I like that you highlighted “unity in legitimate diversity.” Key word being legitimate.

    Having just a difference of opinion on serious issues isn’t generally good for the Church. However if different cultural traditions bring about different styles of worship that enhance the faith then it is worthwhile.

    Maybe when I move to Boston I can experience some of the different rites.

    #8521

    LARobert
    Participant

    You may want to start out with the Melekite Rite. They follow the Byzantine Rite, and come from the Middle East, so you will be able to hear the Pater, (Our Father) in Aramaic, the language our Lord firsts offered the prayer in. The Cathedral Churches usually have more liturgical services, (and longer ones) as they are the seat of the Bishop.

    Annunciation Cathedral, 7 VFW Parkway, Roslindale, MA 02131
    St. Joseph, 241 Hampshire Street, Lawrence, MA 01841
    Our Lady of Perpetual Help, 256 Hamilton Street, Worcester, MA 01604

    #8525

    Carmelite
    Member

    [quote:lpcanvfk]
    Having just a difference of opinion on serious issues isn’t generally good for the Church. However if different cultural traditions bring about different styles of worship that enhance the faith then it is worthwhile.
    [/quote:lpcanvfk]

    Faithful Catholics cannot have varying opinions on what the Church has definitively defined/Divine Revelation. We can have varying opinions on what the Church has not yet defined or on what falls under “prudential judgment”.

    This covers what is to be believed by all faithful Catholics:
    [color=darkred:lpcanvfk]Canon 750 ‚Äì ¬ß 1. Those things are to be believed by divine and catholic faith which are contained in the word of God as it has been written or handed down by tradition, that is, in the single deposit of faith entrusted to the Church, and which are at the same time proposed as divinely revealed either by the solemn Magisterium of the Church, or by its ordinary and universal Magisterium, which in fact is manifested by the common adherence of Christ’s faithful under the guidance of the sacred Magisterium. All are therefore bound to avoid any contrary doctrines.
    § 2. Furthermore, each and everything set forth definitively by the Magisterium of the Church regarding teaching on faith and morals must be firmly accepted and held; namely, those things required for the holy keeping and faithful exposition of the deposit of faith; therefore, anyone who rejects propositions which are to be held definitively sets himself against the teaching of the Catholic Church.[/color:lpcanvfk]

    http://www.vatican.va/holy_father/john_ … em_en.html

    #8531

    Victor
    Member

    [quote:1rq4bvid]You may want to start out with the Melekite Rite. They follow the Byzantine Rite, and come from the Middle East, so you will be able to hear the Pater, (Our Father) in Aramaic, the language our Lord firsts offered the prayer in. The Cathedral Churches usually have more liturgical services, (and longer ones) as they are the seat of the Bishop.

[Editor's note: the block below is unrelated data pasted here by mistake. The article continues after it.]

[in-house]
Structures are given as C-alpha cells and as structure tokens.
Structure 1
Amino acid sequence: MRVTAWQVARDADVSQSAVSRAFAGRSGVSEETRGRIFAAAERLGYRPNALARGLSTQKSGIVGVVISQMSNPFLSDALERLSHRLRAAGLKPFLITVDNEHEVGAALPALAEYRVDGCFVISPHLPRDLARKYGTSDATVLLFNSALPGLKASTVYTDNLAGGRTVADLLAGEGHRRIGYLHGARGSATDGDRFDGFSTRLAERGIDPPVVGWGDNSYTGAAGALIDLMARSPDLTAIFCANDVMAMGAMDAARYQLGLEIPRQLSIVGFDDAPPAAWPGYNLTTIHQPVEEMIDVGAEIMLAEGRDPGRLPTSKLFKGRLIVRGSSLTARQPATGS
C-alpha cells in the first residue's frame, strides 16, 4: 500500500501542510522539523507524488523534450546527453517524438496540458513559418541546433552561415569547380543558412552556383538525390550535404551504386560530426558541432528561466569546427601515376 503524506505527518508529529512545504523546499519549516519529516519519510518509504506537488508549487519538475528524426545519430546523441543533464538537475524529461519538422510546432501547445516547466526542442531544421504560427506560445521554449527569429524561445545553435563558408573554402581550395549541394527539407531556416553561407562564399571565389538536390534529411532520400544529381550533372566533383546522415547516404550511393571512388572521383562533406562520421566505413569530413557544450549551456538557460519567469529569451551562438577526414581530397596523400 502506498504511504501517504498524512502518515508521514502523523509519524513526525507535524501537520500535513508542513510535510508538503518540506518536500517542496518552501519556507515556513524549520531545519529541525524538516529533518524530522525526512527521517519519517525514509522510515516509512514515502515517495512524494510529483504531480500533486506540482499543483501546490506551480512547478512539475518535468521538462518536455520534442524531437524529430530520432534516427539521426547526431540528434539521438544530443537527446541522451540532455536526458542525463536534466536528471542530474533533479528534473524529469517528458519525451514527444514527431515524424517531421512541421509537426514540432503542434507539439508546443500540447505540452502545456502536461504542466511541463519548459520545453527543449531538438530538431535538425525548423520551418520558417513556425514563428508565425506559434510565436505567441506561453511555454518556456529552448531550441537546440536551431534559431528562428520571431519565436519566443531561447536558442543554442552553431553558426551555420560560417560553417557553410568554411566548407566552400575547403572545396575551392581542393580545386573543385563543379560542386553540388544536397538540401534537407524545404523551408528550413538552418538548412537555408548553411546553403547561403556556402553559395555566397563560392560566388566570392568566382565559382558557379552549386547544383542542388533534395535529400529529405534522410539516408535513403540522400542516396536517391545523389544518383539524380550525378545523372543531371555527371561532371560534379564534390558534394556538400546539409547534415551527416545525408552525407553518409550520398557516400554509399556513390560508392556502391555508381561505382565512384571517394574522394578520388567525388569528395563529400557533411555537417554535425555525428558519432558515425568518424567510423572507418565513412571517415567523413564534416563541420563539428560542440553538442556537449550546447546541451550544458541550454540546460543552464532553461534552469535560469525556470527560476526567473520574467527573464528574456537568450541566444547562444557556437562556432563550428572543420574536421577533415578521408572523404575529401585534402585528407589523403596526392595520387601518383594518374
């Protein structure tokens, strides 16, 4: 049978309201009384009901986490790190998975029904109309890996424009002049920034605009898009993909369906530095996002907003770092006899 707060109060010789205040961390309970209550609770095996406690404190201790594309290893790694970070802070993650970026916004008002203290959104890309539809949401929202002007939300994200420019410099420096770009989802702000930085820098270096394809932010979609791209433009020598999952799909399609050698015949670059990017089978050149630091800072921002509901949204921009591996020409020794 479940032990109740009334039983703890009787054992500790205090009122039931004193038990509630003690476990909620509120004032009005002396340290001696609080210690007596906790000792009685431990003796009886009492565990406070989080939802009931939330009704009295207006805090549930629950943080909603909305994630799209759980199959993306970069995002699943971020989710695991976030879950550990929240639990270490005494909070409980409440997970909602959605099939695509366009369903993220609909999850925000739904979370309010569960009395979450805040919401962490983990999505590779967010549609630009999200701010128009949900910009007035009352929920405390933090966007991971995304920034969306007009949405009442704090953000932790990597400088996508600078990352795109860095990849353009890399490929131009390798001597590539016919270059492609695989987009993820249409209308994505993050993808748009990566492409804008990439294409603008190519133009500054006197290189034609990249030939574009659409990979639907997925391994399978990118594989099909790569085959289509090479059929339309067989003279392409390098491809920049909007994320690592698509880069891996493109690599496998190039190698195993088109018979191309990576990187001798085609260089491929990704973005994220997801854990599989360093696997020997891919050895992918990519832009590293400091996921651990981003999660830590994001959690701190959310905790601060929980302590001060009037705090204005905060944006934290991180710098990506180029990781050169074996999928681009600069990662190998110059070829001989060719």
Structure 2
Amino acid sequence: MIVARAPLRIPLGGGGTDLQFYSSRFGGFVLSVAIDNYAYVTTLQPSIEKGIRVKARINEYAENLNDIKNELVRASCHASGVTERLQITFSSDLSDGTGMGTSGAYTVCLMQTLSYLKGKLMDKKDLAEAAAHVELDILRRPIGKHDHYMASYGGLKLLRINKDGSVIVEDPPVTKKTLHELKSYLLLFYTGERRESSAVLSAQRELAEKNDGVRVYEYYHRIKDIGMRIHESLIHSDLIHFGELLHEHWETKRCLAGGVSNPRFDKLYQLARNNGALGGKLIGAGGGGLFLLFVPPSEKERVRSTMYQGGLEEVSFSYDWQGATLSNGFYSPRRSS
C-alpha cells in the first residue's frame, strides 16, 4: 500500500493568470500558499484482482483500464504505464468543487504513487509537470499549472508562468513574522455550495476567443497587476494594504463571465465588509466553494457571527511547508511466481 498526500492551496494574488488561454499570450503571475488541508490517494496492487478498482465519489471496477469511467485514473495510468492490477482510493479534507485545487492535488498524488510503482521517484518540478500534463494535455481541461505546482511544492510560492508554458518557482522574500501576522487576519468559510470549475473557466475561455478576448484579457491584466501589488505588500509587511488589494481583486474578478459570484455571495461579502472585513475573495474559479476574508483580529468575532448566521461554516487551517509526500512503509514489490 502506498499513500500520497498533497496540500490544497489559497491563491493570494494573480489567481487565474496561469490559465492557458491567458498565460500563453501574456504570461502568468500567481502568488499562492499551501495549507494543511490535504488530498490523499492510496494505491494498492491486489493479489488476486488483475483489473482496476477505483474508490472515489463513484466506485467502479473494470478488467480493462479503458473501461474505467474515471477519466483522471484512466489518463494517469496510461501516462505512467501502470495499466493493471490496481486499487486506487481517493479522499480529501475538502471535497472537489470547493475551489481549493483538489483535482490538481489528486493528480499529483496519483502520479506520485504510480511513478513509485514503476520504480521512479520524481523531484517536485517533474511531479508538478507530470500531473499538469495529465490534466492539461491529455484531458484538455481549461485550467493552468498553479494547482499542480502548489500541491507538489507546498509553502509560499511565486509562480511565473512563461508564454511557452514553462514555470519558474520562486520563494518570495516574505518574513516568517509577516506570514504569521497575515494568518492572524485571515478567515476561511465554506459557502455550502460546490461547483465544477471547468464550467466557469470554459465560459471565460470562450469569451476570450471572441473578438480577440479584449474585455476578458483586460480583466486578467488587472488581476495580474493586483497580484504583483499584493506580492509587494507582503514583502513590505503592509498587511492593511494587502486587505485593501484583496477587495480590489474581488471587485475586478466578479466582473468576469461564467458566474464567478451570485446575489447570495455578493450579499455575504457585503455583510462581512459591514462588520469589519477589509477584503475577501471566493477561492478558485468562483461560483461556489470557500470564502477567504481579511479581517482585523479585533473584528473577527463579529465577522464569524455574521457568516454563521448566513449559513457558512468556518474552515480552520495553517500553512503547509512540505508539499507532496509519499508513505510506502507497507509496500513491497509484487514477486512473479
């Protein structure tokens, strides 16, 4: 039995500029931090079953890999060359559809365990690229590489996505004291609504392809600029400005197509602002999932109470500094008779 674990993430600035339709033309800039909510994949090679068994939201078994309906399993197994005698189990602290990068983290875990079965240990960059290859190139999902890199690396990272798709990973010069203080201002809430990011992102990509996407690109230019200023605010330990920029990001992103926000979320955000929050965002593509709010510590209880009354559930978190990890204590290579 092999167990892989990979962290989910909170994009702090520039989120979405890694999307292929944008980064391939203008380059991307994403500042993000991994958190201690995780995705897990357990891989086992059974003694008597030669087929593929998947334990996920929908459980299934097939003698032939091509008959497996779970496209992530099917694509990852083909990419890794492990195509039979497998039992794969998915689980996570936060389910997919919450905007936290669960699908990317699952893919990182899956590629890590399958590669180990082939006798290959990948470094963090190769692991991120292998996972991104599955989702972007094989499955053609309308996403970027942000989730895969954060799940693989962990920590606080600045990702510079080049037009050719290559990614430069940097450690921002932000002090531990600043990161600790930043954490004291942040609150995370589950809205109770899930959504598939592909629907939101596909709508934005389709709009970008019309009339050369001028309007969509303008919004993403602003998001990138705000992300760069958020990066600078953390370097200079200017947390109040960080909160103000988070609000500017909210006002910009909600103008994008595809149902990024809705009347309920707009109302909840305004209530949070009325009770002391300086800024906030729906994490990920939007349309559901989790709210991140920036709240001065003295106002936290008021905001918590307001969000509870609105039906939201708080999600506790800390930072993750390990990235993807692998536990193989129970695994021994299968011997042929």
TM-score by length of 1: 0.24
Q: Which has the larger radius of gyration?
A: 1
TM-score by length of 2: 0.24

Annunciation Cathedral, 7 VFW Parkway, Roslindale, MA 02131
    St. Joseph, 241 Hampshire Street, Lawrence, MA 01841
    Our Lady of Perpetual Help, 256 Hamilton Street, Worcester, MA 01604[/quote:1rq4bvid]

    [color=darkred:1rq4bvid]There is one just a couple miles from my house. I think I may just pop in.[/color:1rq4bvid]

    #8532

    LARobert
    Participant

    There is also a Russian Rite Catholic Parish, (I think in Norwalk) Russian Liturgical Chant is otherworldly. The Eastern Churches refer to the Liturgy as a little bit of heaven on earth. As that is what the Mass is, a prelude to the worship of God in Heaven.

    #8534

    weather
    Member

    Vatican, Jul. 16, 2007 (CWNews.com) – Pope Benedict XVI (bio – news), who recently issued a motu proprio allowing all Catholic priests to celebrate the old Latin Mass, uses the older ritual himself for his private Mass, CWN has learned.

    Informed sources at the Vatican have confirmed reports that the Holy Father regularly celebrates Mass using the 1962 Roman Missal. [color=blue:10q9stoz](I still have mine)[/color:10q9stoz]
    In his motu proprio Summorum Pontificum the Pope says that the older form– the form in universal use before the liturgical changes that followed Vatican II– was never abrogated.

    Since becoming Roman Pontiff, Benedict XVI has always used the new ritual– which he identifies in Summorum Pontificum as the “ordinary form” of the Roman rite– for public celebrations of the Eucharistic liturgy. However few people have witnessed the Pope celebrating his private daily Mass.

    Unlike his predecessor John Paul II, who regularly invited visitors to attend the Mass that he celebrated each morning in his private chapel, Benedict XVI has made it his regular practice to celebrate Mass with only a few aides. The Pope’s closest associates have established a reputation for preserving confidences.